Keeping Your Creative Work Safe With Copyright

Keeping Your Creative Work Safe With Copyright

Imagine this scenario: You capture a wedding image of a beaming bride and groom, backlit in a glowing field. The couple is (of course) thrilled; once they receive a USB of images (after carefully educating them about your copyright), the couple proceeds to post them all over the internet, as many happy couples do. The images appear on their personal and business Facebook pages, Twitter, Flickr, message boards, and the bride’s personal blog. And then one day, in an internet place far removed from its original source, you stumble upon your gorgeous (and still copyrighted) image being used to sell a product or service online. The image source isn’t credited--of course, because internet thieves don’t credit image sources--and your stomach sours when you realize that the copyright infringer is making money from your picture. Making money from your sweat and talent and expertise. This is theft of your intellectual property--and unless you’ve protected your images’ copyright, it’s hard to do much about it. To be completely and honestly doomsday about it, this scenario happens every day. Instead of promoting their goods and services by commissioning images exclusively or sourcing them from stock photography agencies, unscrupulous internet dwellers are just stealing them from other websites.

Don’t be this photographer; protect your rights against internet image shoplifting by registering your photography with the US Copyright Office (or your own country’s copyright agency). The process is relatively simple; we recommend registering your work every 3 months, and incorporating the steps for registry into your image workflow. Once you copyright your images, you become eligible for statutory and actual damages, should your images’ copyright be infringed. For how to’s, helpful hints, and best practices on the process of copyright, our newly redesigned Copyright and Authentication Bundle will ensure that your livelihood is fully protected. And the Bundle’s printable Certificate of Authenticity and Copyright sticker opens up a dialogue between you and your clients, on what copyright means for them and how they can help you preserve your copyright online.

Above all, remember that the keys to your copyright kingdom are in your hands. You can’t control if your images are stolen online, but you can control the ramifications when they are.

Special thanks to Elizabeth Messina for the beautiful image.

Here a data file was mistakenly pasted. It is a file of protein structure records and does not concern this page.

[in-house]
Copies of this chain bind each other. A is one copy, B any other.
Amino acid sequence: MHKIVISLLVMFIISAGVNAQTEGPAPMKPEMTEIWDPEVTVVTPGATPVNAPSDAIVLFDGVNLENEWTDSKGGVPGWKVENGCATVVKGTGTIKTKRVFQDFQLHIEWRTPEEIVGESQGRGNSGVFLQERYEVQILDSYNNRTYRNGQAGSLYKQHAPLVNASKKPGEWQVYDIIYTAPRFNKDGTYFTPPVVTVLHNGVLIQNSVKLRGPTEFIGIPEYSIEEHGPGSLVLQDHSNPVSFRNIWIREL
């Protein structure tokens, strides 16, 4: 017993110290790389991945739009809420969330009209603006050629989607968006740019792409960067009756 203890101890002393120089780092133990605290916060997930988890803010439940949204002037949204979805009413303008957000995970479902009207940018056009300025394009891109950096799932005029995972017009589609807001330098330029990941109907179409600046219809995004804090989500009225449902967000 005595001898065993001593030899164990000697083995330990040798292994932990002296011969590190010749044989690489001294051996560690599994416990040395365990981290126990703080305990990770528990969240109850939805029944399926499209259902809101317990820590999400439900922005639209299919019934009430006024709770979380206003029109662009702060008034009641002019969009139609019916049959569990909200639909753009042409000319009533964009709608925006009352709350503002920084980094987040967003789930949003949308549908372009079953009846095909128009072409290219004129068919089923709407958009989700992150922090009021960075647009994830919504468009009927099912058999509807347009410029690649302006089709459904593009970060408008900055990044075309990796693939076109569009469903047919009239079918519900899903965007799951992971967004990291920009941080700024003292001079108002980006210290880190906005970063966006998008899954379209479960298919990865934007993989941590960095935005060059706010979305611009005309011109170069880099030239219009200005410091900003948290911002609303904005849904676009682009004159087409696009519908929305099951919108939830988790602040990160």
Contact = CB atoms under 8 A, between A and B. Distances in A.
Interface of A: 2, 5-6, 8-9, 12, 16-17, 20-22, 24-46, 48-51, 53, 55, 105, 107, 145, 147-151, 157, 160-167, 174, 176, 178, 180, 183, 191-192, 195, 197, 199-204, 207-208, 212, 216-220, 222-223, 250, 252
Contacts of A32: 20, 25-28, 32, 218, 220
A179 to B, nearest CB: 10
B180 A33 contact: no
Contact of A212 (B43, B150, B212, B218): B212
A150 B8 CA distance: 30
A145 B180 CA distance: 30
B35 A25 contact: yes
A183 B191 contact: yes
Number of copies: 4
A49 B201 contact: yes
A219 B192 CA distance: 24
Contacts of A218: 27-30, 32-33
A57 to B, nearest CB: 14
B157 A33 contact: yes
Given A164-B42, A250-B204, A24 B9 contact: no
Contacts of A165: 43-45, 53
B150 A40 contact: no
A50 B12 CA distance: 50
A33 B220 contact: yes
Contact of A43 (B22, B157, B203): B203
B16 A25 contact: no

Also in Design Aglow Blog

Design Aglow Summit: Twyla Jones
Design Aglow Summit: Twyla Jones

0 Comments

Instead of spending countless hours looking outward to others for inspiration, this course will show you how to be motivated by the real moments occurring right before your eyes. Find your creative voice by being present in your daily life, whether those moments be personal or professional.

Read More

Design Aglow Summit: Jacob Loafman
Design Aglow Summit: Jacob Loafman

0 Comments

As an artist, creating personal work is vital. With no deadlines, rules, timelines... there is only your creative medium and your mind. Jacob will demonstrate how act of creating personal work is where new ideas and directions are born, shaping future client work or even more personal work. He will inspire you to explore your imagination to open up new creative directions we didn’t even realize we had within us. Exploring personal work is allowing our minds be free and encouraging our imagination to be turned all the way up. Jacob will inspire you to turn it on and turn it up.

Read More

Travel With Photographers: Tyler Cave
Travel With Photographers: Tyler Cave

0 Comments

I recently travelled to Banff, Alberta on a spontaneous trip with another filmmaker, Mike, and we spent one week exploring around the national park. The trip was planned a week before we left. My friend flew from LA and met me in Vancouver and we began our 10 hour road trip.I recently travelled to Banff, Alberta on a spontaneous trip with another filmmaker, Mike, and we spent one week exploring around the national park. The trip was planned a week before we left. My friend flew from LA and met me in Vancouver and we began our 10 hour road trip.

Read More